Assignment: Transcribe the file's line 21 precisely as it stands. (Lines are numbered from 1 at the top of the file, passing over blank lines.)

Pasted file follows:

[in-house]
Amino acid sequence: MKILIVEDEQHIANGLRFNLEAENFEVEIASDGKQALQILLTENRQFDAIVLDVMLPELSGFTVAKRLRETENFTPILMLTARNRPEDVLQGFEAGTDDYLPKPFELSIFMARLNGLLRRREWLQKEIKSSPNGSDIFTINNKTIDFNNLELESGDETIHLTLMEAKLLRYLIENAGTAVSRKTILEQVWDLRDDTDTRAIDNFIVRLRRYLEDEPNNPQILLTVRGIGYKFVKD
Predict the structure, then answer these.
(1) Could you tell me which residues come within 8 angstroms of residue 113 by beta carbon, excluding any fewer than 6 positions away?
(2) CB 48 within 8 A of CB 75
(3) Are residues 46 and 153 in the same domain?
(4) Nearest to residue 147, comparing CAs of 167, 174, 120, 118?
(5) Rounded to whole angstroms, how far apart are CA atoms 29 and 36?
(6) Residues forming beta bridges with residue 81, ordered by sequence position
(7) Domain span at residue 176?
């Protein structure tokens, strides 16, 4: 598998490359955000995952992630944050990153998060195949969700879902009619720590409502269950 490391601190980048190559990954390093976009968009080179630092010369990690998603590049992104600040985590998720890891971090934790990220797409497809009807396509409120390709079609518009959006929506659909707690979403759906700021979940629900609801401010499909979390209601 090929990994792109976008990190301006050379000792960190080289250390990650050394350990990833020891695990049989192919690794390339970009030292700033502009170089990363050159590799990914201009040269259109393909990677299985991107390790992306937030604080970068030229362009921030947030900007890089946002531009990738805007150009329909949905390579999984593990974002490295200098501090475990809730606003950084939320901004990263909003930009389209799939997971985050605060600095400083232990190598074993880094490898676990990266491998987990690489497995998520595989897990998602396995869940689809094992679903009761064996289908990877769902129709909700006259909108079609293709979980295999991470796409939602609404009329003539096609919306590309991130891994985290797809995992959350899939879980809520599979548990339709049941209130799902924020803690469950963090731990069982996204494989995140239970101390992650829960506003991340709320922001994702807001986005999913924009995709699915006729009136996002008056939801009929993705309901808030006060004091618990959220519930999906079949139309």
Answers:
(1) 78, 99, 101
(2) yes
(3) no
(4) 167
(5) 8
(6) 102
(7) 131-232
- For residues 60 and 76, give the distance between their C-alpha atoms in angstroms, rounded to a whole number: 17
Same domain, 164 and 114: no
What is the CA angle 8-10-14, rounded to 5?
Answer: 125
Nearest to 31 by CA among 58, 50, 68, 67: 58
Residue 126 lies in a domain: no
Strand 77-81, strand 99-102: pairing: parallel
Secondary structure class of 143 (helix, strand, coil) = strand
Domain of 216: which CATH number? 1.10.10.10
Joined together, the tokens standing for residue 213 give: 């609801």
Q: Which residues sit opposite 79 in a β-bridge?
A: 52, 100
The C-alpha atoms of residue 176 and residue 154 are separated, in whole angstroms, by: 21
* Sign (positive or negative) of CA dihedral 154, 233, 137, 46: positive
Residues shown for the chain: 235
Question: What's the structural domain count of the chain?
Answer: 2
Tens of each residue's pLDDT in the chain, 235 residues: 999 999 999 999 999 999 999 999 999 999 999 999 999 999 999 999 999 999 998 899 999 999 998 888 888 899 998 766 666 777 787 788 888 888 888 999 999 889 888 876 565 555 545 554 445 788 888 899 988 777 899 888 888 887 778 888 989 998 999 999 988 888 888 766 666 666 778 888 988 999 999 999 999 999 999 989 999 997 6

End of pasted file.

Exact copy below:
Same domain, 164 and 114: no